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TCP Kitchen

Texas Wine Harvest

Texas has more than 350 wineries, and their vintages can add the perfect touch to these dishes

Megan Myers

A few years ago, I was lucky enough to go on a tour of Lubbock-area wineries. Because of the High Plains’ semiarid climate, the region is ideal for viticulture and is now one of the top wine-producing areas in the country. 

 Mediterranean varietals love the Texas heat, so look for viognier, roussanne, marsanne, vermentino and trebbiano for white wines and tempranillo, tannat, mourvèdre, grenache and sangiovese, among others, for reds, says certified wine educator Denise Clarke. While these wines may not be as familiar or easy to pronounce, give them a try and see what Texas has to offer.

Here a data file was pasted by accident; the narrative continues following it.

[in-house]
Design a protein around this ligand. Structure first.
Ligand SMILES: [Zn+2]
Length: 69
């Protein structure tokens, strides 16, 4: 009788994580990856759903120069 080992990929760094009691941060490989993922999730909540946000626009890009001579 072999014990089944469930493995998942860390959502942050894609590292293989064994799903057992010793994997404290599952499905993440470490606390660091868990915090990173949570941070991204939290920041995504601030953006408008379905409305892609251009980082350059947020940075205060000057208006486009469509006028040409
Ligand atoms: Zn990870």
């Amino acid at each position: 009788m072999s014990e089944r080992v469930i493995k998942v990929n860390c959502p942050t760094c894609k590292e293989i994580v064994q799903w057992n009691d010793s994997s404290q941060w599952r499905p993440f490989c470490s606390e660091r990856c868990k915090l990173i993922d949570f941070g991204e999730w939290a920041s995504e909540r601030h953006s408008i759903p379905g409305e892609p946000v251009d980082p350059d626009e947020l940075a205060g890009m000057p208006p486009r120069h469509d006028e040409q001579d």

A great way to add wine to your table is with sangria, the ultimate summer drink that is endlessly customizable. Sangria is most often made with red wines, but here I’ve used a Texas rosé to pair with juicy summer fruits. Making it ahead of time ensures the flavors from the fruit and wine are well blended.

Rosé Sangria

1 bottle (750 milliliters) rosé wine
1 cup orange juice
1/4 cup vodka
1 cup quartered strawberries
2 peaches, sliced
1/2 cup raspberries

1. Combine all ingredients in a large pitcher and stir well. Cover and chill at least 2 hours or until ready to serve.

2. To serve, stir sangria to recombine any settled juices. Fill glasses halfway with ice, then pour in sangria. Use a ladle or serving spoon to add an extra scoop of fruit from the pitcher into each glass and serve.

Serves 6.

Follow along with Megan Myers and her adventures in the kitchen at, where she features a recipe for Lemon Sage Mustard.

June 2020 Recipe Contest